What changes you as a customer can anticipate over the next 12 months
You may have heard of HTML5 by now, the fifth version of the language used to present content on the web. But what's the big deal? Let's take a look at how HTML5 is changing the mobile BI landscape and what benefits you're going to reap if you’re part of the 22% of organizations that are planning to deploy mobile BI in the near future.
HTML5 is a big push forward from our current version, especially with regard to how it handles media (audio, video) as well as cross-device portability. Both are key areas pertinent to BI software providers who are working in the mobile space – especially those like arcplan that are delivering "web apps" to customers – applications that run through mobile browsers on smartphones and tablet PCs, eliminating the need to create separate apps for different devices. The debate about web apps vs. native apps has been raging over the past year. Here's my take.
Today native apps or even HTML4-based web apps require application or infrastructure customizations for every different device type or technology, which makes them cumbersome to maintain over time – cumbersome for the vendors of such software solutions, but even more so for the customers deploying applications to their field staff. Not every organization can standardize on one device, so maintenance costs for mobile BI can be high – or at least higher than expected.
But this will change with HTML5. As it matures, the authors plan to allow future HTML5 browsers to (securely) access sensor and touch information, simply eradicating most of the arguments in favor of native app development. The new functions of HTML5 will help BI vendors provide cost-efficient mobile BI options to customers so they can reuse existing desktop applications on mobile devices.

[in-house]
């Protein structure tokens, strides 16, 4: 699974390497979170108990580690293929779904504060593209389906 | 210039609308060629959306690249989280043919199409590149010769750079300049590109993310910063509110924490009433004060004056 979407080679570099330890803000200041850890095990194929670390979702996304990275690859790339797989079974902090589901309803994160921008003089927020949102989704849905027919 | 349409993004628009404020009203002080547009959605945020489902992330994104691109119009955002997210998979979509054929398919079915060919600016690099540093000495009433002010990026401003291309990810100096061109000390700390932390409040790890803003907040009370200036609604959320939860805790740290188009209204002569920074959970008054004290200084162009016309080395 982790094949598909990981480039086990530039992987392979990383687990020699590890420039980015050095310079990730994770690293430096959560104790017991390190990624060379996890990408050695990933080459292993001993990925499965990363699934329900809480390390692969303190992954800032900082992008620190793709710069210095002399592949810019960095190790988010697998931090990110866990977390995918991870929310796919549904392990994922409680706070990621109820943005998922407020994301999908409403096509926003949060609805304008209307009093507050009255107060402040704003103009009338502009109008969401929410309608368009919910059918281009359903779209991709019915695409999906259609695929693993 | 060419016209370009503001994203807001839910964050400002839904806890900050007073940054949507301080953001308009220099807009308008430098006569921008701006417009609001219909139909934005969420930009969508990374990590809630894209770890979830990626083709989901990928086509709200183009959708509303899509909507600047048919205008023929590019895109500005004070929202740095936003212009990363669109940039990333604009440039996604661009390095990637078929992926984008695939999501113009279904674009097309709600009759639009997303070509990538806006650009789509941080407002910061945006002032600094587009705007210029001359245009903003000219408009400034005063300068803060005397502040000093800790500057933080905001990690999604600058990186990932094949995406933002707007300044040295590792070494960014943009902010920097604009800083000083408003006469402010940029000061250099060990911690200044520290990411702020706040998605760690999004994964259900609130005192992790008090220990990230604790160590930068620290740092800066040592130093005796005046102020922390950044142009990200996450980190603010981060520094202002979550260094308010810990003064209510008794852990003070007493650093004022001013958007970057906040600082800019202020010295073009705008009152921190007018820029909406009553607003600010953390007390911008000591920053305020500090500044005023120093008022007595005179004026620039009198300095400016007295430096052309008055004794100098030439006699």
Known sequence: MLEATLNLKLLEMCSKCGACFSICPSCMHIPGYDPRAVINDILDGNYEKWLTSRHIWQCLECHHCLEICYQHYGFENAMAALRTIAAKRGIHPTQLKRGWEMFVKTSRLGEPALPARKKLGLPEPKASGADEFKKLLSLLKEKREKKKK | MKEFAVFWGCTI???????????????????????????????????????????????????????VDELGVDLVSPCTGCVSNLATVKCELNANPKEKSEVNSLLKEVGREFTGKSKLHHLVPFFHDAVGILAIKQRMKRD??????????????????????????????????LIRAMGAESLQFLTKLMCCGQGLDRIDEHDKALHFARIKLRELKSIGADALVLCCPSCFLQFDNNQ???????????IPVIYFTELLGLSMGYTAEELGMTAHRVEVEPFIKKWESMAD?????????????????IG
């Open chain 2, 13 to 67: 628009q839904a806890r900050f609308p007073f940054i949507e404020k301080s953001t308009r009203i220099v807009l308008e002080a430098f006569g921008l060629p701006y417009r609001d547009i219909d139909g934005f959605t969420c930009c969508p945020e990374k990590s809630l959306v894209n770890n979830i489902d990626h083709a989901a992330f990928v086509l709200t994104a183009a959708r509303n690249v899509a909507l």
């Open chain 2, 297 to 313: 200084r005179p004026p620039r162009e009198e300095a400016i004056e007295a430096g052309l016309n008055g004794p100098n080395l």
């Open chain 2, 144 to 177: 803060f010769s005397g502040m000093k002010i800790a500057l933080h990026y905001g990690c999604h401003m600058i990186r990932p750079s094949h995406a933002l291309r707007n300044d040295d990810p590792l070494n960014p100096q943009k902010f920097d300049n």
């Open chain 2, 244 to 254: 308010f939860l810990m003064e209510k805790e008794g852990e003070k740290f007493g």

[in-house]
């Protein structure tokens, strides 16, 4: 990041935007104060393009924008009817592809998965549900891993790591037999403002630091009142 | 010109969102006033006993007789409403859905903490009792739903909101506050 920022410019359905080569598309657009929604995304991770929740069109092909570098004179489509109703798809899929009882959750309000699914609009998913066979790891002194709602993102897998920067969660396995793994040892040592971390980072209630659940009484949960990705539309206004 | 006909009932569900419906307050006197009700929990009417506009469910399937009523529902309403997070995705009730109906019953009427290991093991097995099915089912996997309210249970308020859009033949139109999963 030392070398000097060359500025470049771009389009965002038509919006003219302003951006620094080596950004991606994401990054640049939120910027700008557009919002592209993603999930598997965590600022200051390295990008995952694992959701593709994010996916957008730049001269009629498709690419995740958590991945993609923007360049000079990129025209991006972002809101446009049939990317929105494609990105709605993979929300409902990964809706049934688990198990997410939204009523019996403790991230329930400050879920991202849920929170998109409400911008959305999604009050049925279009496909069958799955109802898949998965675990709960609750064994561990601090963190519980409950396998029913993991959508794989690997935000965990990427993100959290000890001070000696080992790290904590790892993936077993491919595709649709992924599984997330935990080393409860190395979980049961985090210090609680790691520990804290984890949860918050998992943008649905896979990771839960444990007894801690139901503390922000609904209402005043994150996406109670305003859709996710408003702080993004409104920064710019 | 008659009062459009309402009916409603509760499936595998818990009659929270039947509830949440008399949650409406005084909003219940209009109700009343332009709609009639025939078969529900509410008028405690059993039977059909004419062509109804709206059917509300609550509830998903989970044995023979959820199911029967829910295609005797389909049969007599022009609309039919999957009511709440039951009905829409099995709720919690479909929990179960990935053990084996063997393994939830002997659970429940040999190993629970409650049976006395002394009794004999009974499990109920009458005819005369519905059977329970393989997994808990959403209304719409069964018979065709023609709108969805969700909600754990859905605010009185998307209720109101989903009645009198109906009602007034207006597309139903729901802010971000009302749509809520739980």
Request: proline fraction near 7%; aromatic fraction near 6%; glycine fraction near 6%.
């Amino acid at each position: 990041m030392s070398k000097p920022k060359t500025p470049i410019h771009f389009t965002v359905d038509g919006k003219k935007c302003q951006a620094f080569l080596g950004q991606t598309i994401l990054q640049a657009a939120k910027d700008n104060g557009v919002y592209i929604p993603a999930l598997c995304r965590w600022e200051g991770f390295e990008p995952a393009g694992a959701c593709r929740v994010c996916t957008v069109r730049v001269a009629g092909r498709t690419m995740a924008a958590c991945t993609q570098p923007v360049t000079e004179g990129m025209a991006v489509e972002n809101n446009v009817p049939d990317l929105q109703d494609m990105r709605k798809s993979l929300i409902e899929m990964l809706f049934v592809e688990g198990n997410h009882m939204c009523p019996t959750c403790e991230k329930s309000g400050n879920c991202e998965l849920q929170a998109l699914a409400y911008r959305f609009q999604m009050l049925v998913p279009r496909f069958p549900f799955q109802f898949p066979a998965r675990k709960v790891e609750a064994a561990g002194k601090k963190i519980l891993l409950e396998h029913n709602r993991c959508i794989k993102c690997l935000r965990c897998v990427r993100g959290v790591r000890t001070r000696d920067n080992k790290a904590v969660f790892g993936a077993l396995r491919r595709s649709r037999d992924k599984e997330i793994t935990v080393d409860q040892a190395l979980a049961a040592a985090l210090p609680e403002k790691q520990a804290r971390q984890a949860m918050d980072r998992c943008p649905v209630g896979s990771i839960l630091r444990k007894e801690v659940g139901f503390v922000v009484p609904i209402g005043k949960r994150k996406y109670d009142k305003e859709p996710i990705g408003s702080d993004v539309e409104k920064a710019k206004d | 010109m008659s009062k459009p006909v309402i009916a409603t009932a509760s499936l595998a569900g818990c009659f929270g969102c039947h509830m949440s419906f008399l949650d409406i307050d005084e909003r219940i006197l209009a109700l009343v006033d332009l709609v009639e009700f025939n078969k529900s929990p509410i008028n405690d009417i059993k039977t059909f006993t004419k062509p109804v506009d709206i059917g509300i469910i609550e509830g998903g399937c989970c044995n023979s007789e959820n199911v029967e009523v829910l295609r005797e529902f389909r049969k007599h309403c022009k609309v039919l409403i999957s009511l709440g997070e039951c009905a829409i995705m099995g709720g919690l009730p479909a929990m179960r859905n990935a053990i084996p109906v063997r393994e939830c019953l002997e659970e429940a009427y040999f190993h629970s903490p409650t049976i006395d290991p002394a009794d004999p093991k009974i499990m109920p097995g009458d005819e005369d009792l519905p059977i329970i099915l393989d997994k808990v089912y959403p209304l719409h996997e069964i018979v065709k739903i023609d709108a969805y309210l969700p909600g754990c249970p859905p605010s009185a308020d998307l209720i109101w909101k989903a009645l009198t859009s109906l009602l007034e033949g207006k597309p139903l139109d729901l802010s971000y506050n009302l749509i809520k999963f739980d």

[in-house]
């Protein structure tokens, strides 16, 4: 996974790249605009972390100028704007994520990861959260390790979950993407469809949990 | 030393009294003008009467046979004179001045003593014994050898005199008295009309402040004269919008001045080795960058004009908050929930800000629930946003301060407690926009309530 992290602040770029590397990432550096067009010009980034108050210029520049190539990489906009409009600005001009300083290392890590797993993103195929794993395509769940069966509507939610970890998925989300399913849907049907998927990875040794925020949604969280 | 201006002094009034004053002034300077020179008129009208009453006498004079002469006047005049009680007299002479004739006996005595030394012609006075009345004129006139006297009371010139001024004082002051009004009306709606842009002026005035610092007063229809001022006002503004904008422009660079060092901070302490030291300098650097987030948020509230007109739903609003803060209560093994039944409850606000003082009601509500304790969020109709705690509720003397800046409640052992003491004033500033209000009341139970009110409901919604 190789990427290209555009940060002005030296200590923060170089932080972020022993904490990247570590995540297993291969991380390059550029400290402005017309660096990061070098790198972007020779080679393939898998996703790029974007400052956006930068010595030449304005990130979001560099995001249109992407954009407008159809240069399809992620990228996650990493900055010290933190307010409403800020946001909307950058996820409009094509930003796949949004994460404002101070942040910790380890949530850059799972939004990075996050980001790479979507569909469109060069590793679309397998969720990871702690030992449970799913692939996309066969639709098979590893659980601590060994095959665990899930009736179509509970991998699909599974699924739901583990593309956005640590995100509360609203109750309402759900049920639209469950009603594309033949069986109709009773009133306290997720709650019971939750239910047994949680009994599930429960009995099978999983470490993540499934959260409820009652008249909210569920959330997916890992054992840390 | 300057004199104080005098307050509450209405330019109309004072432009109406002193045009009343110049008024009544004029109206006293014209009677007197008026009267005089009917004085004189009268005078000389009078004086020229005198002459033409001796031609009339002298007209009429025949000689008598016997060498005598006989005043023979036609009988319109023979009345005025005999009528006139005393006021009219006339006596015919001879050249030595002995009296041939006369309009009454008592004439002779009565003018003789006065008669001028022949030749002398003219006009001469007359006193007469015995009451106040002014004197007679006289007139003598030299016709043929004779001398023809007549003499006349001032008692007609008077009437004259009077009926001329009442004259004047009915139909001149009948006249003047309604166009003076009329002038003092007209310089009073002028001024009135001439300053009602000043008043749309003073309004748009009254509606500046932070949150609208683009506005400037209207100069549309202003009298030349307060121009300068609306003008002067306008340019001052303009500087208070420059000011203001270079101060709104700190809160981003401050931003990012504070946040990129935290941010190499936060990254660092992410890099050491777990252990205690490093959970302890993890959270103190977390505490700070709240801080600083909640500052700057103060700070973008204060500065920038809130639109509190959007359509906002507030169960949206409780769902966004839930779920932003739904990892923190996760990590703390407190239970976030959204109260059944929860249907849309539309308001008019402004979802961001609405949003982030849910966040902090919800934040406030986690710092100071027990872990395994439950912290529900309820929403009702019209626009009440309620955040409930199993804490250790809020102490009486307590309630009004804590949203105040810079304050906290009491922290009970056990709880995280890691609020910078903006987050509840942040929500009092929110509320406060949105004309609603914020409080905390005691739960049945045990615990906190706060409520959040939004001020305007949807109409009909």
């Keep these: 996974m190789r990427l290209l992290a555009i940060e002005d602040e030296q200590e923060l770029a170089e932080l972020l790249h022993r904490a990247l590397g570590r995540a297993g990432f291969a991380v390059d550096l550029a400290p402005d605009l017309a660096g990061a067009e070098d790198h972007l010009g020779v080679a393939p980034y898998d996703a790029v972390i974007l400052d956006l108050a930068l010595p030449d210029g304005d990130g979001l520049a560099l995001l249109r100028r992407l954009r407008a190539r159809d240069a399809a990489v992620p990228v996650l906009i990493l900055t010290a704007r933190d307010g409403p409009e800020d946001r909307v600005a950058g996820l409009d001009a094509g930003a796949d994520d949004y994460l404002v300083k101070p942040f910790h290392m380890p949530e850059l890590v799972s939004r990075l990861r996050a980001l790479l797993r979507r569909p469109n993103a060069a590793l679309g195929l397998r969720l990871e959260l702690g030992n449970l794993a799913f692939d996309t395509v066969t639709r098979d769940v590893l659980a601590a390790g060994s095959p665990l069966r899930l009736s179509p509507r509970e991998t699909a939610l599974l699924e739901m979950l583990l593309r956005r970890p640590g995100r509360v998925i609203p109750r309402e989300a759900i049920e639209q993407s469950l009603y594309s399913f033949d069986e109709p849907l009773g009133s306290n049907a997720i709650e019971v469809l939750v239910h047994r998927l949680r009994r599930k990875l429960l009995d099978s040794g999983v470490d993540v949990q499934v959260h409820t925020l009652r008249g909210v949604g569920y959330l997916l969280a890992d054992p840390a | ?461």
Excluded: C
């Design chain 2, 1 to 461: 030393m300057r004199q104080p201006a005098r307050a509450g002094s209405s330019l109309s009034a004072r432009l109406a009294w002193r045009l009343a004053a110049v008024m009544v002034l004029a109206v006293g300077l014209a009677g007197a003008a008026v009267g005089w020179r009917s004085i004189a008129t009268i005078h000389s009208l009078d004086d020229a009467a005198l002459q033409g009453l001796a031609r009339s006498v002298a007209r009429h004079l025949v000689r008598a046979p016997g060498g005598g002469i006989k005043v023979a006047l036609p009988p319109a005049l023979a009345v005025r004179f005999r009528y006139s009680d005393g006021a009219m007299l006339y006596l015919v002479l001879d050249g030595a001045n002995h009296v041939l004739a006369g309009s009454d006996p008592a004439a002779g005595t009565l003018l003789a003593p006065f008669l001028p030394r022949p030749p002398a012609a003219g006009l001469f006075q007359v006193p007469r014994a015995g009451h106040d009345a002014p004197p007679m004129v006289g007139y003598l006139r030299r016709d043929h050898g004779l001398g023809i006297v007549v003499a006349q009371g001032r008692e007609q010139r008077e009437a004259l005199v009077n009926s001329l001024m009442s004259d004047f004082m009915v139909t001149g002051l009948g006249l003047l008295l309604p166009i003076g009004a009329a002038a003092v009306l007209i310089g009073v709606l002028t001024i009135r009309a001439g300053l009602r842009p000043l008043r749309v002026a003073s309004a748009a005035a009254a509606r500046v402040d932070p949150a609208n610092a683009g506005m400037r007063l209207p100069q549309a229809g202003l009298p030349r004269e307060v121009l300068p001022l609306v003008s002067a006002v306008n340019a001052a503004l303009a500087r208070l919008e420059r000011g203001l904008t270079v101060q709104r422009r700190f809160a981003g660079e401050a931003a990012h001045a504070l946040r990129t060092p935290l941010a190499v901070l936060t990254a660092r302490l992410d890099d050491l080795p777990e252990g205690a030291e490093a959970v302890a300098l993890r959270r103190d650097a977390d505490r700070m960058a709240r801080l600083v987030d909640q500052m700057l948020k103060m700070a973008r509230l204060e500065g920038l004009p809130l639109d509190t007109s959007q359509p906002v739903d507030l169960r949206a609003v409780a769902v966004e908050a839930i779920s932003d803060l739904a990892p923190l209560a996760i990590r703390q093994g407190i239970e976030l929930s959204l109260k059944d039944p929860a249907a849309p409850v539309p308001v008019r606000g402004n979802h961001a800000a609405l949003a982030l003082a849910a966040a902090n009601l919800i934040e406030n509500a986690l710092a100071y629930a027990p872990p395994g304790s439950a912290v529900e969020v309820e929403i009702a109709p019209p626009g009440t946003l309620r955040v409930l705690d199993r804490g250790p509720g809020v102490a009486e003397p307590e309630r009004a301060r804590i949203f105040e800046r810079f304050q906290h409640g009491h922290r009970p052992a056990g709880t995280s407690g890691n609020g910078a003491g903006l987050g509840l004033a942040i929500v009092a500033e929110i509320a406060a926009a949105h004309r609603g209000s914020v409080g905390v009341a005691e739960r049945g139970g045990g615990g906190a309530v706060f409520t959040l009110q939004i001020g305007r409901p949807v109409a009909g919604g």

Definitely one of the strongest benefits of HTML5 is that browsers are starting to be able to integrate additional content like multimedia, mail, and RIA (rich internet applications) with enhanced rendering capabilities. Past browsers have been dependent on other technologies and vendors such as Flash, Silverlight or Java, and we've seen that this isn’t always good for consumers – for example, how Flash is not supported on iPhones or iPads.
This approach is essential for BI vendors who aim to provide business critical information anywhere, anytime and on any device. As HTML5 begins to support gestures (pinching, double tap, turning, etc.), mobile BI web apps will develop into attractive, multi-functional user interfaces that require very little design and deployment effort. And more importantly, you would only need to develop these apps once for all devices.
So when is HTML5 going to be fully available? The good news is that its development is progressing quickly, with strong supporters such as Apple, Microsoft, and Google. But different browser vendors are currently cherry picking the HTML5 features that fit best their current roadmap. The degree of HTML5 support varies within some browsers and an official release date when we’ll see browsers with a broad implementation is hard to predict.
Mobile BI is just like any other emerging technology – it's here in its first iteration, but as time goes on, you'll see it become more and more robust. As more HTML5 functions become available, BI vendors will integrate them into their mobile frameworks and customers will start to reap the benefits of the latest and greatest mobile BI technology. At arcplan, we have our eyes on offline analytical web apps that access secure data storage within the browser. We're also interested in extending arcplan Engage's BI Wall – where users "pin" their favorite dashboard components to their desktop – to mobile devices so users will have real-time access to their most essential information 24/7.
- A detailed overview of HTML5 features: http://diveintohtml5.org
- A more specific review of mobile functions: http://www.mobilehtml5.com/